Calling Sharpens

In 1987 I first felt God calling me to be a missionary. I thought it was going to be overseas (that was the only place missionaries went in them days!)

But I never did make it overseas and finished up as the youth pastor in my home church. By 1991 I had begun to articulate my calling as ‘communicating the gospel to Australian people in ways that they could understand’. For 10 years this was my standard answer any time someone asked, but I didn’t see any overlap between the two ‘callings’. I felt I had moved away from the ‘missionary’ calling and was to be a ‘pastor’.

It was around 1998 that it began to dawn on me that God was still calling me to be a missionary. What a relief! There was so much about pastoring that I just didn’t get into.

I began to see the synergy between the two ‘callings’ but felt very strongly that I was to be a missionary to Australia. I began to see the need here in Oz in a different light. What a freeing experience!

Five years on when people ask me about calling it has three parts to it:

1. Communicating the gospel to Australian people in ways that they can understand (no change)
2. Developing church communities they can feel a part of.
3. Training up leaders to be first world missionaries and church planters here in Oz.

Over the last twenty years my calling has not changed that much. I sense it has just sharpened in focus and broadened in scope. At its heart is a concern for the church to be effective in its mission. Keith Green was a big influence when I was teenager!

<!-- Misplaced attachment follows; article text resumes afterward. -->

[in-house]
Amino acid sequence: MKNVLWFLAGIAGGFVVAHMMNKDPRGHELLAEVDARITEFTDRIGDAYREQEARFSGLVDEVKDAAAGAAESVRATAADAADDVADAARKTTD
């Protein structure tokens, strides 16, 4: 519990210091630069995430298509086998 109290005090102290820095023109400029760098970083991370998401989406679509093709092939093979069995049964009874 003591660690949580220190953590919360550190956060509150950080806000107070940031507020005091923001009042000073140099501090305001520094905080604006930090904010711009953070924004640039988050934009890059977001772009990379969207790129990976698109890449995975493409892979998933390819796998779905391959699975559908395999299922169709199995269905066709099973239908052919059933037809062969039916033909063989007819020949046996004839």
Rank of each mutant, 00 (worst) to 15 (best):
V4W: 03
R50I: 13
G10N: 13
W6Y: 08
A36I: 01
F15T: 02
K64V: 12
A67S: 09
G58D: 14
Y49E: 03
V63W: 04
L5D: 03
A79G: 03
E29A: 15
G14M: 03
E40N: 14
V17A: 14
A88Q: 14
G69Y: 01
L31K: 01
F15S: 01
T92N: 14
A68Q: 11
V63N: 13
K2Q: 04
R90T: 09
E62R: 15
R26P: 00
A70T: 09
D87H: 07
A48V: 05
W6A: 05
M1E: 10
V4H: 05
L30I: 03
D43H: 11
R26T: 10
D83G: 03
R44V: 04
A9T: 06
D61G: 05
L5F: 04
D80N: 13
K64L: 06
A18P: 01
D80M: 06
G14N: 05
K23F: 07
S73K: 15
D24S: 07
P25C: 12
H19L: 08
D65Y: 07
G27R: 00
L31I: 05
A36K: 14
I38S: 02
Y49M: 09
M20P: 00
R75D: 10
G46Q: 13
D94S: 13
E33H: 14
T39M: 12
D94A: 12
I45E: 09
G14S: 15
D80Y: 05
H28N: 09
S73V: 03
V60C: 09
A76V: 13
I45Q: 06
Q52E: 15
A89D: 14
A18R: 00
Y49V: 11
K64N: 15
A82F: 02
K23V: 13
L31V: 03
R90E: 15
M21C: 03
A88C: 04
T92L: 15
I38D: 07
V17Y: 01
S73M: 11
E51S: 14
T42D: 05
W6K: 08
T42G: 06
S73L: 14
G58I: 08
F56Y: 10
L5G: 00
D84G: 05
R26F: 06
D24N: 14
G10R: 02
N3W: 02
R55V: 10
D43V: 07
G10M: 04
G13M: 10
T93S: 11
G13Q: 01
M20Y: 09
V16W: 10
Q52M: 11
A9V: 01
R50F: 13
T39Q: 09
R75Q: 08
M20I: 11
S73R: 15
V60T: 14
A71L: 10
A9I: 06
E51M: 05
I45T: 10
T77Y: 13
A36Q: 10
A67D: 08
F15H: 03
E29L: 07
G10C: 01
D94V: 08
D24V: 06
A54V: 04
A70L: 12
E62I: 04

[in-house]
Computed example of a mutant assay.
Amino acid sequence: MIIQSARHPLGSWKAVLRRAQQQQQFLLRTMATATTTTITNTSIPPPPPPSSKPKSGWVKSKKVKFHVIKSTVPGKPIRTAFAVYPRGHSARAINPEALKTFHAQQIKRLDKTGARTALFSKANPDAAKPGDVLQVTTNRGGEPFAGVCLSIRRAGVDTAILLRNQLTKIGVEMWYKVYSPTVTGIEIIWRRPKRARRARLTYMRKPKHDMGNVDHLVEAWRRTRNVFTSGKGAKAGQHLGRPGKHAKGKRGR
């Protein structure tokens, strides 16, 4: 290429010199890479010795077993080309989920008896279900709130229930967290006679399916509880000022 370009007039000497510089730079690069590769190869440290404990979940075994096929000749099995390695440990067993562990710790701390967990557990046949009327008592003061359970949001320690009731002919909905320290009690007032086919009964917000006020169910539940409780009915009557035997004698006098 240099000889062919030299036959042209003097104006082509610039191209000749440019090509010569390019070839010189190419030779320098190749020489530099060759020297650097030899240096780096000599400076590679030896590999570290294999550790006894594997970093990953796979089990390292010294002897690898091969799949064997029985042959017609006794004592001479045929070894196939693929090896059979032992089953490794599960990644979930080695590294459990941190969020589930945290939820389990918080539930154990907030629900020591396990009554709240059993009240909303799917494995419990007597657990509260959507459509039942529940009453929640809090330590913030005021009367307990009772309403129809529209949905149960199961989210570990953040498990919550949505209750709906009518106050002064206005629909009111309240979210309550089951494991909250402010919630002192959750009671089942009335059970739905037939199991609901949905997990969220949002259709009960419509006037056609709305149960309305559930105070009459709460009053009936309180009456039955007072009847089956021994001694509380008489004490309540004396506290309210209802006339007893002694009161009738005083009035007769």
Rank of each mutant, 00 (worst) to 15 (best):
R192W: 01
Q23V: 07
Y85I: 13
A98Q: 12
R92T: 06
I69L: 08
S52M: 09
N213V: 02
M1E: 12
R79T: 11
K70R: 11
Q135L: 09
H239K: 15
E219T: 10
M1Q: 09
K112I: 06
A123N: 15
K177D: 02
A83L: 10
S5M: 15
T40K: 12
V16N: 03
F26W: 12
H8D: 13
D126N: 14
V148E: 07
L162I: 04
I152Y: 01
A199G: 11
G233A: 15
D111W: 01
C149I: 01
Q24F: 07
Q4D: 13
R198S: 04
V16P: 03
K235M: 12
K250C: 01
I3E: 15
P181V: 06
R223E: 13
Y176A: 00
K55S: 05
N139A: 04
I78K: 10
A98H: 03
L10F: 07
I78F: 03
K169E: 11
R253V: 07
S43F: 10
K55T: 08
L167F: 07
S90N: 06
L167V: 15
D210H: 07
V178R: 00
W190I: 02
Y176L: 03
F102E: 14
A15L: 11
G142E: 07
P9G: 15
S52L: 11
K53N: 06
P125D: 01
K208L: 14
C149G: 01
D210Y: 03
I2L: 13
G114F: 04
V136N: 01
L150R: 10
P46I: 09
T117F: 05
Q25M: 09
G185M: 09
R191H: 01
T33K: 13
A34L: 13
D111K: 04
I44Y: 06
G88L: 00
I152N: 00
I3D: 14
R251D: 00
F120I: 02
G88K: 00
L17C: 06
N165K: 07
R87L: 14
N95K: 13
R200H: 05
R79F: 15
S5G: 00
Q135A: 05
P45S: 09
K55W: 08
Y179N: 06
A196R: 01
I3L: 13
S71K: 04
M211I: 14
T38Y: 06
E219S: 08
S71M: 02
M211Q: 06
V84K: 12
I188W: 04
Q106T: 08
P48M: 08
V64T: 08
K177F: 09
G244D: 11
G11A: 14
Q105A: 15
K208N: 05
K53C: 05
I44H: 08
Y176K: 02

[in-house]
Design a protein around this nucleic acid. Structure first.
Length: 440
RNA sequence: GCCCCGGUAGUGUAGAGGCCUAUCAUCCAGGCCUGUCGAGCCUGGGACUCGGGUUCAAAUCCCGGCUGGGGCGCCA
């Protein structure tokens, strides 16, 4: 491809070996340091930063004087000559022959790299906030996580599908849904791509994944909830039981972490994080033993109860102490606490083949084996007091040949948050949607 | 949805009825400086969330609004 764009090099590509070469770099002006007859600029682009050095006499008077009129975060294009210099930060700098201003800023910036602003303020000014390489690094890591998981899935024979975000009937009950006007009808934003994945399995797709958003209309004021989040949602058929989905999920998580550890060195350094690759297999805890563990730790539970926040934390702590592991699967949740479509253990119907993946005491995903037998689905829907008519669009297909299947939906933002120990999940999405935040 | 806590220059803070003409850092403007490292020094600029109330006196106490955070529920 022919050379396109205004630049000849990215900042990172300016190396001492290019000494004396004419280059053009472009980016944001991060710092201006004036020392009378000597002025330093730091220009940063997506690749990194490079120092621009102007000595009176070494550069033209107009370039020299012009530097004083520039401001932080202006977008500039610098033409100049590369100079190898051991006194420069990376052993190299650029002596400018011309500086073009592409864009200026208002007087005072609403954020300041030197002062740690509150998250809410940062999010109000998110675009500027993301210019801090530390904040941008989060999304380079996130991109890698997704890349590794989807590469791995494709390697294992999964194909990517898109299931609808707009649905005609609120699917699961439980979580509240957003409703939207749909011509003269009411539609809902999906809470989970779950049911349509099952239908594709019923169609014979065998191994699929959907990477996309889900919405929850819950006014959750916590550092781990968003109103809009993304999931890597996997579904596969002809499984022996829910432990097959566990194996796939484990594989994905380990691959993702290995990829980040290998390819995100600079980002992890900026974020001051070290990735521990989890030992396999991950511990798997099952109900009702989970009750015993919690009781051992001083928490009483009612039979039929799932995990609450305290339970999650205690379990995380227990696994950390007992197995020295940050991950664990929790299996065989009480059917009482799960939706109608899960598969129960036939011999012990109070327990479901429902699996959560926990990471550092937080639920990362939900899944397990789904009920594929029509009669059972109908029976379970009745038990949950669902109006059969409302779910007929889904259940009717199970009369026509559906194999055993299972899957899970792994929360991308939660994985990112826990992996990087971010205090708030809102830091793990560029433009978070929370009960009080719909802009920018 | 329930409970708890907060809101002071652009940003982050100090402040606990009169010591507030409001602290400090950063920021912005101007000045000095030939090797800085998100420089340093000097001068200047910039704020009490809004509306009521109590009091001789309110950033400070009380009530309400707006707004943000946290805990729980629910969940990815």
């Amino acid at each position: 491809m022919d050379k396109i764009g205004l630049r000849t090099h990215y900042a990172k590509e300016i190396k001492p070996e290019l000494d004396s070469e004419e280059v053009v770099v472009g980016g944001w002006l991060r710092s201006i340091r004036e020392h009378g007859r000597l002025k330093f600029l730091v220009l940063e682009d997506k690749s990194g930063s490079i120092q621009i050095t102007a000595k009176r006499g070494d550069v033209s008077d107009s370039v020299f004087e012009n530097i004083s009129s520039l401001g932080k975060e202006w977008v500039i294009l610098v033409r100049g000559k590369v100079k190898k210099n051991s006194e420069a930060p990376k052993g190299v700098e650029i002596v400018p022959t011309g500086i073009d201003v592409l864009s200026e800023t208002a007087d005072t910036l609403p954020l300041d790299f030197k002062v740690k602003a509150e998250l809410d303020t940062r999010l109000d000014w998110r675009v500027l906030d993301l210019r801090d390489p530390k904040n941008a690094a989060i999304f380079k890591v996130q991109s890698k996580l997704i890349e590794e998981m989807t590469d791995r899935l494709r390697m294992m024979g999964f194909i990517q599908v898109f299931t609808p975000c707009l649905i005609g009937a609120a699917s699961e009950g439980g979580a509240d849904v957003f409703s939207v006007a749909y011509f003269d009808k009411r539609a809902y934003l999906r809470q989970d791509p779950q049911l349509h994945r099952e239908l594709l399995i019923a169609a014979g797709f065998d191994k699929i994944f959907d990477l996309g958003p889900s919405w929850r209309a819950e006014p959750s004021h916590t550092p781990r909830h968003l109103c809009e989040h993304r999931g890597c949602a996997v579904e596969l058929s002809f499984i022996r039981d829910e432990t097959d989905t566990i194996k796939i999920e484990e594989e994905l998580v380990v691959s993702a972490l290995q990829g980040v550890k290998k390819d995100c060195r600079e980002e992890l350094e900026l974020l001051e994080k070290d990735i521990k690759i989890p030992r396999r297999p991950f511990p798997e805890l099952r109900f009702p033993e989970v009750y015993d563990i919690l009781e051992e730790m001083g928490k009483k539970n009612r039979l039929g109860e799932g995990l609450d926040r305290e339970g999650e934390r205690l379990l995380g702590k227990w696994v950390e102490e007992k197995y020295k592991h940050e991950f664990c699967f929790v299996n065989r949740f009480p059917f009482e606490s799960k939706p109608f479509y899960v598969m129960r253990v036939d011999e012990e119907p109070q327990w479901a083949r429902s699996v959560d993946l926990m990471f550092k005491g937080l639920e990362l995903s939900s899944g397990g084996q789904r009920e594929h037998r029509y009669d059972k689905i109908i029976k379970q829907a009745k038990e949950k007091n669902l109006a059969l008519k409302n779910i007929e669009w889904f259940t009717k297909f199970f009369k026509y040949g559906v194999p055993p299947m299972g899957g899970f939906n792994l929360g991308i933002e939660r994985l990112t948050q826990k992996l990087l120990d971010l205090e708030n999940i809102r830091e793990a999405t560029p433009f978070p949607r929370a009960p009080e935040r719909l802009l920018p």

Its only been in the last few years that I have really appreciated the need for indigenous faith communities where Ozzies can genuinely belong and participate in. And as I have aged (or matured…) I have begun to see that I have something I can give to others – in fact I feel very strongly that I need to give to others if I am to be faithful to what I have been called to.

These thoughts stem out of a book I have just been reading on ‘tentmaking’ and the notion of being bivocational.

I don’t think it matters what I actually do with my time. It won’t shift my calling. The tension comes in that teaching two days a week to support my church planting habit obviously leaves less time for the business of mission, equipping, leadership etc.

Some would say that means the body functions more healthily because others must get involved. Others would say it just limits what you can do.

I say… fist of fury aka chinese connection

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